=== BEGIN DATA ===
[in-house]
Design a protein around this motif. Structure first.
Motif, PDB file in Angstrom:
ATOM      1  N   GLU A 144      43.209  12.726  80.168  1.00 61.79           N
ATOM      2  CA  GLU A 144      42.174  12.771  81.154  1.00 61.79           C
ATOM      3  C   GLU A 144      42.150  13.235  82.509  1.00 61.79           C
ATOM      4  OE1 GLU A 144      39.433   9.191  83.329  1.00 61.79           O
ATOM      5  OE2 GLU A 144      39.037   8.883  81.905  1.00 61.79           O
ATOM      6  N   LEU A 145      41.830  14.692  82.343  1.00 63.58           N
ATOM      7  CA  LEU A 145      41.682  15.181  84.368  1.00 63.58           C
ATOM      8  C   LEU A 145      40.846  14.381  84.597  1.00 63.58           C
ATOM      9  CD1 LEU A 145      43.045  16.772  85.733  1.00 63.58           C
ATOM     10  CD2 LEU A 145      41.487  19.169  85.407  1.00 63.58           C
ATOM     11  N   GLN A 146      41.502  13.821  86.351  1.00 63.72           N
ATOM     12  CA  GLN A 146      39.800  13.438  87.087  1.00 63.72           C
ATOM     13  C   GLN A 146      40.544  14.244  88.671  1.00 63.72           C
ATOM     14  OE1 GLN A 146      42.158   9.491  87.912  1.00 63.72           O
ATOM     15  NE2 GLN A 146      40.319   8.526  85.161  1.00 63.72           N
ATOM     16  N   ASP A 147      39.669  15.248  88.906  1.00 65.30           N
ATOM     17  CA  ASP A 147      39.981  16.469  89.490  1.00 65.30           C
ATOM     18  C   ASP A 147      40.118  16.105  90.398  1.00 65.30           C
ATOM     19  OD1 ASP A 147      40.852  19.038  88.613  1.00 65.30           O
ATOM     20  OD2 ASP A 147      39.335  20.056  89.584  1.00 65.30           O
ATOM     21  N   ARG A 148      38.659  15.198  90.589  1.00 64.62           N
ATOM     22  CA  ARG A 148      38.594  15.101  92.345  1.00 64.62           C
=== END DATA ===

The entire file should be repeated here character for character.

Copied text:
[in-house]
Design a protein around this motif. Structure first.
Motif, PDB file in Angstrom:
ATOM      1  N   GLU A 144      43.209  12.726  80.168  1.00 61.79           N
ATOM      2  CA  GLU A 144      42.174  12.771  81.154  1.00 61.79           C
ATOM      3  C   GLU A 144      42.150  13.235  82.509  1.00 61.79           C
ATOM      4  OE1 GLU A 144      39.433   9.191  83.329  1.00 61.79           O
ATOM      5  OE2 GLU A 144      39.037   8.883  81.905  1.00 61.79           O
ATOM      6  N   LEU A 145      41.830  14.692  82.343  1.00 63.58           N
ATOM      7  CA  LEU A 145      41.682  15.181  84.368  1.00 63.58           C
ATOM      8  C   LEU A 145      40.846  14.381  84.597  1.00 63.58           C
ATOM      9  CD1 LEU A 145      43.045  16.772  85.733  1.00 63.58           C
ATOM     10  CD2 LEU A 145      41.487  19.169  85.407  1.00 63.58           C
ATOM     11  N   GLN A 146      41.502  13.821  86.351  1.00 63.72           N
ATOM     12  CA  GLN A 146      39.800  13.438  87.087  1.00 63.72           C
ATOM     13  C   GLN A 146      40.544  14.244  88.671  1.00 63.72           C
ATOM     14  OE1 GLN A 146      42.158   9.491  87.912  1.00 63.72           O
ATOM     15  NE2 GLN A 146      40.319   8.526  85.161  1.00 63.72           N
ATOM     16  N   ASP A 147      39.669  15.248  88.906  1.00 65.30           N
ATOM     17  CA  ASP A 147      39.981  16.469  89.490  1.00 65.30           C
ATOM     18  C   ASP A 147      40.118  16.105  90.398  1.00 65.30           C
ATOM     19  OD1 ASP A 147      40.852  19.038  88.613  1.00 65.30           O
ATOM     20  OD2 ASP A 147      39.335  20.056  89.584  1.00 65.30           O
ATOM     21  N   ARG A 148      38.659  15.198  90.589  1.00 64.62           N
ATOM     22  CA  ARG A 148      38.594  15.101  92.345  1.00 64.62           C